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Sanctions on Russia’s Arctic LNG project could tighten energy markets – FT

Washington is reportedly seeking to restrain Moscow’s ambition to become a major supplier

Including Russia’s Arctic LNG 2 energy project in the US State Department’s sanctions list confirms Washington’s ambition to prevent the country from becoming a major exporter of liquefied natural gas, and may cause disruptions in global energy markets, the Financial Times reported on Sunday.

Sanctions on the Russian gas enterprise, which is located on the Gyda Peninsula in the Arctic, were introduced on November 2, banning third countries in Asia and Europe from purchasing LNG produced by the project when it starts operating in 2024.

The White House has tried not to disrupt energy flows in order to avoid increasing the pressure on its allies in Europe, which are struggling with energy shortages after Russian pipeline gas was halted in early 2022. However, the US’ latest ban would effectively block Western buyers from supplies provided by the Russian project, sending more ripples across the world’s energy markets.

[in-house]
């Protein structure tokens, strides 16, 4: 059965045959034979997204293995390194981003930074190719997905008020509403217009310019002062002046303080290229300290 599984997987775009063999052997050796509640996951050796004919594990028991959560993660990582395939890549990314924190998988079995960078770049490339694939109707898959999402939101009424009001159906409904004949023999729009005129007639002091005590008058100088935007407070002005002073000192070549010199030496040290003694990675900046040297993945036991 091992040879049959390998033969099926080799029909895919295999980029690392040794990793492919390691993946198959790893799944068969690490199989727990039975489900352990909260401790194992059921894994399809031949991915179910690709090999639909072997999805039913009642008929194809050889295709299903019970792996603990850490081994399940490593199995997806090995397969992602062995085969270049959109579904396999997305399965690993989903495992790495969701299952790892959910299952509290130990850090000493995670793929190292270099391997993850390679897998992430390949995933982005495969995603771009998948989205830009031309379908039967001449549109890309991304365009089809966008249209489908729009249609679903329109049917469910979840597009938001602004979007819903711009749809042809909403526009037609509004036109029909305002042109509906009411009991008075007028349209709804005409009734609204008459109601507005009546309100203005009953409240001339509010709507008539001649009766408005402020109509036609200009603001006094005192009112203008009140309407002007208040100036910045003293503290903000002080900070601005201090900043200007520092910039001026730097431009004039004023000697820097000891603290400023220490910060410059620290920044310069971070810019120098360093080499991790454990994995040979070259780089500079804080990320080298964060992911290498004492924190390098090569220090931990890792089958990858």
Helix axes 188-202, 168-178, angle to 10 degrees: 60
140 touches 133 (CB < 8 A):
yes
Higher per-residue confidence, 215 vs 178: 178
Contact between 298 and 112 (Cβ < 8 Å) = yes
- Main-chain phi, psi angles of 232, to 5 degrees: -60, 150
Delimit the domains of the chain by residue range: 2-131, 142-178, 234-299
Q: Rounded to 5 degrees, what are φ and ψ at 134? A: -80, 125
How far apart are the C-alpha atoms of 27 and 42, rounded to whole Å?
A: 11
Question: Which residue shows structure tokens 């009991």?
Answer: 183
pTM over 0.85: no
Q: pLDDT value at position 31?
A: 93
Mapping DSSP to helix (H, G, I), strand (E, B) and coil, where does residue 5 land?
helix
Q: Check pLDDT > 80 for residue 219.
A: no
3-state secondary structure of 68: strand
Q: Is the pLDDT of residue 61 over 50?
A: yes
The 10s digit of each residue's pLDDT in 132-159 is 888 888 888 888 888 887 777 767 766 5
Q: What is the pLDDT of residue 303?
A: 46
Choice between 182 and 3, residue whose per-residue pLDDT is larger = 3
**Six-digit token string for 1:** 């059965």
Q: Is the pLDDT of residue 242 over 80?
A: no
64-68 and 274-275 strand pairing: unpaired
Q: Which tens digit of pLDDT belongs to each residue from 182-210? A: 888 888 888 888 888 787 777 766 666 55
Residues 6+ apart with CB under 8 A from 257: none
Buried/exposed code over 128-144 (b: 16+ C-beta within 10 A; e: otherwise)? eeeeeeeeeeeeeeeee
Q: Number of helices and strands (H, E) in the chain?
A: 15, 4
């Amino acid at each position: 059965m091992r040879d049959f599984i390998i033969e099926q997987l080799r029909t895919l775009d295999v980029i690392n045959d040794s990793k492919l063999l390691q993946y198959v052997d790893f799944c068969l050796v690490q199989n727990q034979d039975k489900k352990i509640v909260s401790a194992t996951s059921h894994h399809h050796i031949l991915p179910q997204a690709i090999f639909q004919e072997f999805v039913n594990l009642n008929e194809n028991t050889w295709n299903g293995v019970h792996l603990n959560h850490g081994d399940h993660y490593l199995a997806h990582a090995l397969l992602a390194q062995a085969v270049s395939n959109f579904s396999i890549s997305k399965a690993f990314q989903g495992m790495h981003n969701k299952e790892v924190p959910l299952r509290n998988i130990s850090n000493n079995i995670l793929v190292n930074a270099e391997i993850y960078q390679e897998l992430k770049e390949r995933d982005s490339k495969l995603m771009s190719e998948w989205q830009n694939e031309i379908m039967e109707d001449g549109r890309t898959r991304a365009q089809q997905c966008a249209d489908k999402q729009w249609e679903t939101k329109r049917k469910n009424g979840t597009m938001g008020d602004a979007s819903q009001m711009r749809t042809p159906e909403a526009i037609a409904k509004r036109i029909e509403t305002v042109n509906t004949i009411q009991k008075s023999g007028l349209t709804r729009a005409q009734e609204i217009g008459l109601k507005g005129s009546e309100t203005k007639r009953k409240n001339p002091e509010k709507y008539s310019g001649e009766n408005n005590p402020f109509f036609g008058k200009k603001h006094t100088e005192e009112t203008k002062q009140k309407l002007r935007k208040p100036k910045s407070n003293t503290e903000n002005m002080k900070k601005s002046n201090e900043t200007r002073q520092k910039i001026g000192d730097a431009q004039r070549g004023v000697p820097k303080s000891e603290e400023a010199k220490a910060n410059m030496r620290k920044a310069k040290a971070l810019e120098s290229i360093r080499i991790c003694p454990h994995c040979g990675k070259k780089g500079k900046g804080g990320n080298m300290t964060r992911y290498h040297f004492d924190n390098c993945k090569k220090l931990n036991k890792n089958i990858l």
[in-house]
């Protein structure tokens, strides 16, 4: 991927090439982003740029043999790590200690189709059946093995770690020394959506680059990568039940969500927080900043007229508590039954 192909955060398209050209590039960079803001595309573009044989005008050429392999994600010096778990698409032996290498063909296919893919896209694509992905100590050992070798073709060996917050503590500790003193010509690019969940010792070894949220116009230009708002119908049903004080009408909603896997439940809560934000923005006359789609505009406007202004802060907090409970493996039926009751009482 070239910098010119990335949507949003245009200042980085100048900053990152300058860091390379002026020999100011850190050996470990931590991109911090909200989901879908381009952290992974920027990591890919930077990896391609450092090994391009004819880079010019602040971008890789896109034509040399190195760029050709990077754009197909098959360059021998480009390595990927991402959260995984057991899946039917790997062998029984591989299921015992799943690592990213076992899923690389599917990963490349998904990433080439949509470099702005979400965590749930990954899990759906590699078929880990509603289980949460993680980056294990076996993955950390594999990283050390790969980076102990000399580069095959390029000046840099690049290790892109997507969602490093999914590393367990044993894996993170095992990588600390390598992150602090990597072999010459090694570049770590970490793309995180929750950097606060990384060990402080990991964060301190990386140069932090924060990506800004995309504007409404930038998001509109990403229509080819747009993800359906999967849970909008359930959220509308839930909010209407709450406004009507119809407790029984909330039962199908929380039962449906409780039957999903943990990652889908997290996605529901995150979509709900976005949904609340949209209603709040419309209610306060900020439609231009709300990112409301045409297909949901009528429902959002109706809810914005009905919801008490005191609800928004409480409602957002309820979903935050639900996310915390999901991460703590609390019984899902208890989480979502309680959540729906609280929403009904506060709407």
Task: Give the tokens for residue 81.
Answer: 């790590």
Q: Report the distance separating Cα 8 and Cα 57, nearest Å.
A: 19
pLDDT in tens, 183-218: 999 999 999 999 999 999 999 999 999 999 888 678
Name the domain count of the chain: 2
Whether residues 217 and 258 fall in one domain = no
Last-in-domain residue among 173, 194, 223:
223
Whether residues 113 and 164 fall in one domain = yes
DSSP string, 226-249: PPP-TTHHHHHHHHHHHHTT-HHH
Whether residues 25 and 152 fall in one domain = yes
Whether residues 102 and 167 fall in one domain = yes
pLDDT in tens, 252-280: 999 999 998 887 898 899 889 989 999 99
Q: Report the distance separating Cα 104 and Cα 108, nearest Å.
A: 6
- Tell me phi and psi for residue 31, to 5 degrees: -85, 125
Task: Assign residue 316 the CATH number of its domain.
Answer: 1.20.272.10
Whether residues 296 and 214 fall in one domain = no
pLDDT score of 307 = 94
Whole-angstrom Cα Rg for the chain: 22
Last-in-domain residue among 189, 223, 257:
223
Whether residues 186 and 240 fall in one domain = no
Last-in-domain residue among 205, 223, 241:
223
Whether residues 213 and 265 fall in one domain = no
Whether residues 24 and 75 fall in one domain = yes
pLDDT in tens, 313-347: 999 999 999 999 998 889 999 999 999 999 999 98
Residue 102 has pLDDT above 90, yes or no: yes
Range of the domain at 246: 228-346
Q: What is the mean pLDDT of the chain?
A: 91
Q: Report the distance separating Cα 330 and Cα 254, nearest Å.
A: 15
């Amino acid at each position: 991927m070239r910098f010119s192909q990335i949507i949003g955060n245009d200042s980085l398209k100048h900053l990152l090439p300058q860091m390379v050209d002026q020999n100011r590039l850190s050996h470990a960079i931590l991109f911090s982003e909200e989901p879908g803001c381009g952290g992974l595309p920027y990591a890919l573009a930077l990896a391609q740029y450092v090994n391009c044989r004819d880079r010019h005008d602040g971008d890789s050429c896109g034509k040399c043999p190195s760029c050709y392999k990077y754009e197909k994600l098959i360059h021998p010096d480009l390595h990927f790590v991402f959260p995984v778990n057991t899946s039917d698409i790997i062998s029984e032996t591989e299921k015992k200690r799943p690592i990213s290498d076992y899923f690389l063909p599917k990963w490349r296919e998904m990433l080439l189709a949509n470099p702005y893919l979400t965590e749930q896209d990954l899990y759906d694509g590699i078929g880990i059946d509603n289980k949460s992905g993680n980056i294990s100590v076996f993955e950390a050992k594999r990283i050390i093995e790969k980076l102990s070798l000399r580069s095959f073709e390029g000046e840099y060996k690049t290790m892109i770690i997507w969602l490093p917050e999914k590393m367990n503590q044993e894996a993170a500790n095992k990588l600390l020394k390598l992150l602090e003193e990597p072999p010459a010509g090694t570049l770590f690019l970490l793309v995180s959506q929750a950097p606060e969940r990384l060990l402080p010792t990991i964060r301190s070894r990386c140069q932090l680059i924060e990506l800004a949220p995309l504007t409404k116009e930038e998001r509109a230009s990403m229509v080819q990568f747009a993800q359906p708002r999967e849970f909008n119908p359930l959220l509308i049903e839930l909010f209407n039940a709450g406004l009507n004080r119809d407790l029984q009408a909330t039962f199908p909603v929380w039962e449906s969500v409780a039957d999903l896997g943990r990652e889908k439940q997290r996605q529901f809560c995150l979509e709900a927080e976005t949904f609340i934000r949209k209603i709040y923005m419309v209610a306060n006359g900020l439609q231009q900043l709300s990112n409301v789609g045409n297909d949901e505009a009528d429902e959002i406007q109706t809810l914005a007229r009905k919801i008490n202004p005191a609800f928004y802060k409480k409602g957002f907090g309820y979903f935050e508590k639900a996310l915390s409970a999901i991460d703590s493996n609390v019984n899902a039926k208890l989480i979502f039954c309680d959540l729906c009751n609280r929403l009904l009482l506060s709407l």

The sanctions, the first affecting LNG supplies, are expected to tighten the market, according to energy and macro research consultancy Energy Aspects, as cited by the media.

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US aiming to ‘kill’ major Arctic energy project – official

If the Arctic LNG 2 project does not begin operating as planned in 2024, it “will keep the markets a bit tighter for longer,” Anne-Sophie Corbeau, a gas specialist at Columbia University’s School of International and Public Affairs, told FT.

The head of LNG analytics at Rystad Energy, Kaushal Ramesh, says that Western-aligned investors “could possibly apply for exemptions with phase down dates,” like Japan, which has been authorized to import Russian oil from the Sakhalin 2 project above the price cap.

Arctic LNG 2 is operated by independent Russian LNG producer Novatek. It will feature three LNG trains, with a total annual production capacity of 19.8 million tons. The first train was launched in July, and the other two are scheduled for 2024 and 2025.

Earlier this week, the US assistant secretary of state for energy resources, Geoffrey Pyatt, said that Washington intends to “kill” Novatek’s flagship project. Commenting on the sharp wording, Kremlin Press Secretary Dmitry Peskov urged the international community pay attention to the US plan to dismantle the project.

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